The Enlightenment was rationalist -- it glorified human reason. Reason illustrated the power of analysis -- Reason was the power of associating like experiences in order to generalize about them inductively. Reason was a common human possession -- it was held by all men. Even American "savages" were endowed with reason, hence the 18th century emphasis on "common sense," and the "noble savage." Common sense -- revealed by reason -- would admit a groundwork for a common morality. As nature was studied in order to discover its universal aspects, men began to accept that what was most worth knowing and what was therefore most valuable, was what they had in common with one another. Society, then, became an object of science. Society revealed self-evident truths about human nature -- self-evident truths about natural rights.

Social and political thought was individualistic and atomistic. As the physical universe was ultimately machinelike, so social organization could be fashioned after the machine. Science pronounced what society ought to become in view of man’s natural needs. These needs were not being fulfilled by the past -- for this reason, the medieval matrix and the ancien regime inhibited man’s progress. The desire was to shape institutions, to change men and to produce a better society -- knowledge, morality and human happiness. The intention was at once cosmopolitan and humanitarian.

The Romantics felt all the opinions of the Enlightenment were fraught with dangerous errors and oversimplifications. Romanticism may then be considered as a critique of the inadequacies of what it held to be Enlightened thought. The critique of the Romantics -- sometime open, sometimes hidden -- can be seen as a new study of the bases or knowledge and of the whole scientific enterprise. It rejected a science based on physics -- physics was inadequate to describe the reality of experience. "O for a life of sensations rather than of thoughts," wrote John Keats (1795-1821). And William Blake (1757-1827) admonished us all to "Bathe in the waters of life." And Keats again, "Beauty is truth, truth beauty, -- that is all/Ye know on earth, and all ye need to know."

The Romantic universe was expanding, evolving, becoming -- it was organic, it was alive. The Romantics sought their soul in the science of life, not the science of celestial mechanics. They moved from planets to plants. The experience was positively exhilarating, explosive and liberating -- liberation from the soulless, materialistic, thinking mechanism that was man. The 18th century had created it. The Romantics found it oppressive , hence the focus on liberation. Listen to the way Percy Bysshe Shelley (1792-1822) put it in Prometheus Unbound:

The joy, the triumph, the delight, the madness!
The boundless, overflowing, bursting gladness,
The vaporous exultation not to be confined!
Ha! Ha! The animation of delight
Which wraps me, like an atmosphere of light,
And bears me as a cloud is borne by its own wind.

The Romantics returned God to Nature -- the age revived the unseen world, the supernatural, the mysterious, the world of medieval man. It is no accident that the first gothic novel appears early in the Romantic Age. Nature came to be viewed historically. The world was developing, it was a world of continuous process, it was a world in the process of becoming. And this continuous organic process could only be understood through historical thought. And here we have come almost full circle to the views expressed by Giambattista Vico (see Lecture 10) a century earlier. This is perhaps the single most revolutionary aspect of the Romantic Age. An admiration for all the potency and diversity of living nature superseded a concern for the discovery of its universal traits. In a word, the Romantics embraced relativism. They did not seek universal abstract laws as Immanuel Kant (1724-1804) had. Instead, they saw history as a process of unfolding, a becoming. Was not this the upshot of what G. W. F. Hegel (1770-1831) had argued in his philosophy of history? And look at the time frame: Kant - 1780s, Hegel - 1820s and 30s.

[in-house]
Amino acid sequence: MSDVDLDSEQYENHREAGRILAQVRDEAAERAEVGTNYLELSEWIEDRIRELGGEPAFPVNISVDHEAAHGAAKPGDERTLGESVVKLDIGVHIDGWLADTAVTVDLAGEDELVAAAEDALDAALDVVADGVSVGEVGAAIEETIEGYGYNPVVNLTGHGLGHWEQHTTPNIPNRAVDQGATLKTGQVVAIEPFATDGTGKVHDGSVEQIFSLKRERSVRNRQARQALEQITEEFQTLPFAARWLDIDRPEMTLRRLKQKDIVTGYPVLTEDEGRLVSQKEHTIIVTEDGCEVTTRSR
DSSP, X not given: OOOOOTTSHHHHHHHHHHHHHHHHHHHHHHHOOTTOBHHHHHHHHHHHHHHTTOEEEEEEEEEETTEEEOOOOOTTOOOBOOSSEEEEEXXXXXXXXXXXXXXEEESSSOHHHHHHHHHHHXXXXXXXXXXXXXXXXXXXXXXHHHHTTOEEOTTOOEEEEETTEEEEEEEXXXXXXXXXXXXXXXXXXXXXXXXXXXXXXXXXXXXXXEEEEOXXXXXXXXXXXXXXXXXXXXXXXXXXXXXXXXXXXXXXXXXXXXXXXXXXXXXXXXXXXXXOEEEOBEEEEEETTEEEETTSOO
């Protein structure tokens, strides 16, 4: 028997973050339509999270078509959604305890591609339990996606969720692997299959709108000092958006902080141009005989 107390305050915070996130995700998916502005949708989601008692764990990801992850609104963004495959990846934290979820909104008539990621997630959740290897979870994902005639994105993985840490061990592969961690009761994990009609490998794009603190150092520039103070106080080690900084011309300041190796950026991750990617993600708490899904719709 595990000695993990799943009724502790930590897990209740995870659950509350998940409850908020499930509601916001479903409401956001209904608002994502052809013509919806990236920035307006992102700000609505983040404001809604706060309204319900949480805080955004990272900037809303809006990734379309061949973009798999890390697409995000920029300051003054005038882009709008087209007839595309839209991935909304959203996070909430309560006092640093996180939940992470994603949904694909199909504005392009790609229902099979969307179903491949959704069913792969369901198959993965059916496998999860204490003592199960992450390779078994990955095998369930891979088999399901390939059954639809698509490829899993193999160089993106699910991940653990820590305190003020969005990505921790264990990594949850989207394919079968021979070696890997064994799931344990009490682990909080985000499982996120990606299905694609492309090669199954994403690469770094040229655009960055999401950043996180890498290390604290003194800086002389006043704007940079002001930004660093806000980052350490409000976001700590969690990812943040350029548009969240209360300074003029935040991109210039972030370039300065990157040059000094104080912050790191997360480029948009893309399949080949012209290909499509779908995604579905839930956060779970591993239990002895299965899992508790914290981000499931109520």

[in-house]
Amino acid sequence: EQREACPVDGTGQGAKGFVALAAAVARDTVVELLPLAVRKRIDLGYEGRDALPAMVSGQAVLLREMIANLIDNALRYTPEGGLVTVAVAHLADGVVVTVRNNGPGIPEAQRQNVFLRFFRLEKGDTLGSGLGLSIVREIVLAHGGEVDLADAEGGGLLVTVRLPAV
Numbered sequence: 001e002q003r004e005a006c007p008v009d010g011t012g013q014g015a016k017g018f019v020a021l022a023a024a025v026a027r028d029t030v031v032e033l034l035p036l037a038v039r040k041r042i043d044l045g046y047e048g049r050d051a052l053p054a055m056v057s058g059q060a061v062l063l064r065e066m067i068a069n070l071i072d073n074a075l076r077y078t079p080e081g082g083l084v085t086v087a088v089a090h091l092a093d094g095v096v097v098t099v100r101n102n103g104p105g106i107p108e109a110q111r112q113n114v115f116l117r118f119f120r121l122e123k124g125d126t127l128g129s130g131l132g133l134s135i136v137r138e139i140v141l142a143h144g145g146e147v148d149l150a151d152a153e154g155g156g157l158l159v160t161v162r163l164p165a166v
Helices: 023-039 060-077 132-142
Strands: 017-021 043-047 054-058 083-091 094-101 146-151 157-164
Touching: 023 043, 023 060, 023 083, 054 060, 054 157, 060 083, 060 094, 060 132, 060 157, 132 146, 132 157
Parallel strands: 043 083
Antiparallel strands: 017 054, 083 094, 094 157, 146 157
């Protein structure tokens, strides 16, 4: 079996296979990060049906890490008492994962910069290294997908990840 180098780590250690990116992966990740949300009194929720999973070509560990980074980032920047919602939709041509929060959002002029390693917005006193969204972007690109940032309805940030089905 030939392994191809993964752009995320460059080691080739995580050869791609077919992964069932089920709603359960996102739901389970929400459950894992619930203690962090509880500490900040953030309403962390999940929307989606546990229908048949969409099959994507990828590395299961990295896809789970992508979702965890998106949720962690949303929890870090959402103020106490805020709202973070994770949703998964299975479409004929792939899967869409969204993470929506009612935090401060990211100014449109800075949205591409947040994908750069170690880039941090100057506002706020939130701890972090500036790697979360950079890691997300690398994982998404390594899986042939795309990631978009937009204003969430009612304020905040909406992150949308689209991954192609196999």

The Romantics sought Nature’s glorious diversity of detail -- especially its moral and emotional relation to mankind. On this score, the Romantics criticized the 18th century. The philosophe was cold, mechanical, logical and unfeeling. There was no warmth in the heart. For the Romantics, warmth of heart was found and indeed enhanced by a communion with Nature. The heart has reasons that Reason is not equipped to understand. The heart was a source of knowledge -- the location of ideas "felt" as sensations rather than thoughts. Intuition was equated with that which men feel strongly. Men could learn by experiment or by logical process—but men could learn more in intuitive flashes and feelings, by learning to trust their instincts. The Romantics distrusted calculation and stressed the limitations of scientific knowledge. The rationality of science fails to apprehend the variety and fullness of reality. Rational analysis destroys the naïve experience of the stream of sensations and in this violation, leads men into error.